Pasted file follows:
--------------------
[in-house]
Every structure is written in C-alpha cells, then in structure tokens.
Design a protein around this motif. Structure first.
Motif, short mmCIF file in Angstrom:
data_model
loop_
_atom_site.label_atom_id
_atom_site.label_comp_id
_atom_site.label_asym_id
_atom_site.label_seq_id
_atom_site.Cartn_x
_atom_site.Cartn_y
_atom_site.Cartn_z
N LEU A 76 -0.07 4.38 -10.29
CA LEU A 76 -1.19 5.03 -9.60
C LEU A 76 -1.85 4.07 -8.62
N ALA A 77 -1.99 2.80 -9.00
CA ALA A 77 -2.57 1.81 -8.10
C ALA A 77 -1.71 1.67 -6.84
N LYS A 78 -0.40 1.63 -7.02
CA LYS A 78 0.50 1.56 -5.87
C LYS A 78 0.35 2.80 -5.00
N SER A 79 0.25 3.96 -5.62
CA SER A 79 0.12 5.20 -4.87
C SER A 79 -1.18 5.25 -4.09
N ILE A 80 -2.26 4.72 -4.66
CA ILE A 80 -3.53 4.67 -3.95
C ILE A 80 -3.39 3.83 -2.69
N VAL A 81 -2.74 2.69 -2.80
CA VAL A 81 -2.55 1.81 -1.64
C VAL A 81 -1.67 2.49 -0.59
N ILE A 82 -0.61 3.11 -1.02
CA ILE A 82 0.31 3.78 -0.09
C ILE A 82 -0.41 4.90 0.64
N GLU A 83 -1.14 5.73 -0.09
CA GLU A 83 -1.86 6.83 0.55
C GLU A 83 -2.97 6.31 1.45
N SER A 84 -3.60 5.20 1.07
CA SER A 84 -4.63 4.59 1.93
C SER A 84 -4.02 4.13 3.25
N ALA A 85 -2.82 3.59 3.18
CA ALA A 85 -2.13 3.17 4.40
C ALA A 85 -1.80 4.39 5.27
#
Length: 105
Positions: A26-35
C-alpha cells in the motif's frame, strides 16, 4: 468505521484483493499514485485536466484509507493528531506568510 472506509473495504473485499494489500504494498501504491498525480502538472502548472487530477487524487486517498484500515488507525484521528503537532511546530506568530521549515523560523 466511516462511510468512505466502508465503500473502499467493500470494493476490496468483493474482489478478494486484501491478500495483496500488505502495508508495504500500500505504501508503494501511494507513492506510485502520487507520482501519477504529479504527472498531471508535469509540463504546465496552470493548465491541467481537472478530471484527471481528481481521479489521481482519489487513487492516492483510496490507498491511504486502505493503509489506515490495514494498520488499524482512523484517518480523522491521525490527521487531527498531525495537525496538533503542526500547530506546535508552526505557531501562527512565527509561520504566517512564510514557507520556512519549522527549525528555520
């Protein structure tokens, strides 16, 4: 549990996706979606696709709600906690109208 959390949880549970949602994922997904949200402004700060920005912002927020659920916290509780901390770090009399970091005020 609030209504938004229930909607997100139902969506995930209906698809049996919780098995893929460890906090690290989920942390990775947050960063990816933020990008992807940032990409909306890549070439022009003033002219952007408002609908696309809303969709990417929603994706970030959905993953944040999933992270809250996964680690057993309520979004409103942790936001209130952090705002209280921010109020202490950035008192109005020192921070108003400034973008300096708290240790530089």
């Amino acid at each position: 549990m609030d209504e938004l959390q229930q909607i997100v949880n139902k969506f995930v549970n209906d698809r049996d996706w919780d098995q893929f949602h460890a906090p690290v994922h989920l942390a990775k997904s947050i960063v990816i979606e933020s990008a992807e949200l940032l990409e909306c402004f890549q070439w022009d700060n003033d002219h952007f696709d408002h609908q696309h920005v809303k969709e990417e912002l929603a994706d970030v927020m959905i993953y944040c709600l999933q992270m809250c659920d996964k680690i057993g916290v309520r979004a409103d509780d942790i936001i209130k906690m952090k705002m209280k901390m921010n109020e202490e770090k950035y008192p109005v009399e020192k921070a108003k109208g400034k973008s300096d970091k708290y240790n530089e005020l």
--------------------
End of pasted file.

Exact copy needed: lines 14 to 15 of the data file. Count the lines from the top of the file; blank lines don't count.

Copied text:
N LEU A 76 -0.07 4.38 -10.29
CA LEU A 76 -1.19 5.03 -9.60